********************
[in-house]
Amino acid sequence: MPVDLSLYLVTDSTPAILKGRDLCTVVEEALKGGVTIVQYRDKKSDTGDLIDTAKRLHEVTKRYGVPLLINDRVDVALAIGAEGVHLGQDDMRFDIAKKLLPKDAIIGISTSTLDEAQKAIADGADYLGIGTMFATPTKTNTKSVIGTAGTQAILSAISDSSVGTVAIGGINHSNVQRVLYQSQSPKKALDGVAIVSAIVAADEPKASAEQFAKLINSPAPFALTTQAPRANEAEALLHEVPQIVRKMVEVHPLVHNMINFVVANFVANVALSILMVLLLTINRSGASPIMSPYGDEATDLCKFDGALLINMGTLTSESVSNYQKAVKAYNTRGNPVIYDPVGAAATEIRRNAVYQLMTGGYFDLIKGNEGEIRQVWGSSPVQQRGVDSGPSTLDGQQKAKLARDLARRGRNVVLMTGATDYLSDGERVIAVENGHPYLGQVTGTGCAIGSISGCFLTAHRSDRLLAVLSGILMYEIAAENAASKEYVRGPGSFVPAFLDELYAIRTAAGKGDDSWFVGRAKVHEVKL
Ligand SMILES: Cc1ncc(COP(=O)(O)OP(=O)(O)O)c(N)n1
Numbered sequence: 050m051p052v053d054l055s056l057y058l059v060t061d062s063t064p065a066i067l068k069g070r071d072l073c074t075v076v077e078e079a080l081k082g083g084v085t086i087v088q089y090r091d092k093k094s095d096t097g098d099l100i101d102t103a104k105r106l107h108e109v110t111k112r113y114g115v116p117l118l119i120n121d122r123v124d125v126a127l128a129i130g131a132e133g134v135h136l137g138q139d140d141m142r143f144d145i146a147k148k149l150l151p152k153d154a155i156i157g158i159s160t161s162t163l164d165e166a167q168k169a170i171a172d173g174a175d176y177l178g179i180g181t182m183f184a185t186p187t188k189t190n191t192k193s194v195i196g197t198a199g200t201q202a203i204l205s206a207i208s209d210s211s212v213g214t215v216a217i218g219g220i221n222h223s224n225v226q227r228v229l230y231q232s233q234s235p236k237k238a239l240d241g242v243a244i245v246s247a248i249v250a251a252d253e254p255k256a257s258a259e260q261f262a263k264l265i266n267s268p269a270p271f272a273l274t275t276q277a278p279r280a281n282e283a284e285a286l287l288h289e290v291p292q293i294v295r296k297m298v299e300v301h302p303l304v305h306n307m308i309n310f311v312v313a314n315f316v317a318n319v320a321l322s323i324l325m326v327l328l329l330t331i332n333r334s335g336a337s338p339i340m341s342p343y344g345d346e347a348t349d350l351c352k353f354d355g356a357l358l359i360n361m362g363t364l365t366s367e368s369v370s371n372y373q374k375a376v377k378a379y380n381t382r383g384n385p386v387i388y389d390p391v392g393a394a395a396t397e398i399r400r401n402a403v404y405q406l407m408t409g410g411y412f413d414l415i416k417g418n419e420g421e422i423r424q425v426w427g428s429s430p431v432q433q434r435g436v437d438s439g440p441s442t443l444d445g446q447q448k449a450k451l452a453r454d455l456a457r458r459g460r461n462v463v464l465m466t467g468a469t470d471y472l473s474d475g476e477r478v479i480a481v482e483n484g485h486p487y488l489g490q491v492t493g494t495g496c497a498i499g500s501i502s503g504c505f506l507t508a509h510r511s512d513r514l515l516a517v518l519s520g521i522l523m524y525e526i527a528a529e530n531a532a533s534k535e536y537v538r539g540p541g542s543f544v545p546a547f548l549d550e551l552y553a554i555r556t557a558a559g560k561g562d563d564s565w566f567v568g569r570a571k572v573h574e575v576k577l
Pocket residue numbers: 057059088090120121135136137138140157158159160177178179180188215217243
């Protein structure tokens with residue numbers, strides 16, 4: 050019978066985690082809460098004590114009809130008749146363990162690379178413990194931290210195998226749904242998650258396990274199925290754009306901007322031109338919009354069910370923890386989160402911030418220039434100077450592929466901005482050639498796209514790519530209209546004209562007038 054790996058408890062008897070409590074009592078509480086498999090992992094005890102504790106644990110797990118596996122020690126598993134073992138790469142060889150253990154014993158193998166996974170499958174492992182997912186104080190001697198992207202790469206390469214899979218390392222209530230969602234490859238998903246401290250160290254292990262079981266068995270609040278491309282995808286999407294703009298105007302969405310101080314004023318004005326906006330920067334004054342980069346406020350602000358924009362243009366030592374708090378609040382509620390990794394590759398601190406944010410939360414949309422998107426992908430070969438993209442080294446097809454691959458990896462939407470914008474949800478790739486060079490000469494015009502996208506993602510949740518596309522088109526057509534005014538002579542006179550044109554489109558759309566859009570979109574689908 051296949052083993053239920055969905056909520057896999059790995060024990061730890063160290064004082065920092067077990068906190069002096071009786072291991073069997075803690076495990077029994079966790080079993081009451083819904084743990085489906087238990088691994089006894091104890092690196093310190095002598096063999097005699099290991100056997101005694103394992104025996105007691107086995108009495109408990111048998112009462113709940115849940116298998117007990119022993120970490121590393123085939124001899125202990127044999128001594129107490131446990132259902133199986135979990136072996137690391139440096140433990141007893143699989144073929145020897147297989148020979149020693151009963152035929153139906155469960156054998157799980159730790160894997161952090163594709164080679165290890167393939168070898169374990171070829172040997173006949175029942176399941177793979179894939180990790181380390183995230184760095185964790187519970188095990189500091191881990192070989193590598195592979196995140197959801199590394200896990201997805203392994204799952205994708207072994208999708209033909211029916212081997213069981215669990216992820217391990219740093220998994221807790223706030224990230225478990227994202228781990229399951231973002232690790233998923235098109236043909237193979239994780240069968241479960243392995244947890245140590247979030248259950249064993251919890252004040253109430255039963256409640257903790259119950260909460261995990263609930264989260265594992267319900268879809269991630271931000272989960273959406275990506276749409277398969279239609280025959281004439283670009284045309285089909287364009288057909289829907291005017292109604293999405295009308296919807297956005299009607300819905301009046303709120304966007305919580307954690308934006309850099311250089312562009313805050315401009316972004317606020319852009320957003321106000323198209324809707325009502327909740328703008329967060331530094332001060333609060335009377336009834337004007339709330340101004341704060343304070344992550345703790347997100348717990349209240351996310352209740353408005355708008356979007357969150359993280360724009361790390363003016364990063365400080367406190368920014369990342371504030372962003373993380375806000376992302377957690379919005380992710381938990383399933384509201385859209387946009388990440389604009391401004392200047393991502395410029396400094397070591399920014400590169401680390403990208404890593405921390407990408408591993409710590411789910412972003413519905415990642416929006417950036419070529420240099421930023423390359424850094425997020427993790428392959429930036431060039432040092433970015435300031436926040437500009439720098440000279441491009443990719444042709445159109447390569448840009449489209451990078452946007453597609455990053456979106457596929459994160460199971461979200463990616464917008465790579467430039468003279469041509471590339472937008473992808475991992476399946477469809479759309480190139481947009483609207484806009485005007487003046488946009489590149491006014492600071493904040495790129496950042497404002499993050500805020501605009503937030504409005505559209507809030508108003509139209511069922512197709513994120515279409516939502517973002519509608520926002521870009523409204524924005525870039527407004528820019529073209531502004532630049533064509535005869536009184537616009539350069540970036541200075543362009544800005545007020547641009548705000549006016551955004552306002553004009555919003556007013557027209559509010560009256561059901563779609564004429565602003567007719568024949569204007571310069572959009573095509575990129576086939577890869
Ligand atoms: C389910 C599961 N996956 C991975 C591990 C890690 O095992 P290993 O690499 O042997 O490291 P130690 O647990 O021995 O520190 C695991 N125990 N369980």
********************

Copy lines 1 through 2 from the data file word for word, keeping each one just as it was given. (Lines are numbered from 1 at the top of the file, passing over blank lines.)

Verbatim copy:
[in-house]
Amino acid sequence: MPVDLSLYLVTDSTPAILKGRDLCTVVEEALKGGVTIVQYRDKKSDTGDLIDTAKRLHEVTKRYGVPLLINDRVDVALAIGAEGVHLGQDDMRFDIAKKLLPKDAIIGISTSTLDEAQKAIADGADYLGIGTMFATPTKTNTKSVIGTAGTQAILSAISDSSVGTVAIGGINHSNVQRVLYQSQSPKKALDGVAIVSAIVAADEPKASAEQFAKLINSPAPFALTTQAPRANEAEALLHEVPQIVRKMVEVHPLVHNMINFVVANFVANVALSILMVLLLTINRSGASPIMSPYGDEATDLCKFDGALLINMGTLTSESVSNYQKAVKAYNTRGNPVIYDPVGAAATEIRRNAVYQLMTGGYFDLIKGNEGEIRQVWGSSPVQQRGVDSGPSTLDGQQKAKLARDLARRGRNVVLMTGATDYLSDGERVIAVENGHPYLGQVTGTGCAIGSISGCFLTAHRSDRLLAVLSGILMYEIAAENAASKEYVRGPGSFVPAFLDELYAIRTAAGKGDDSWFVGRAKVHEVKL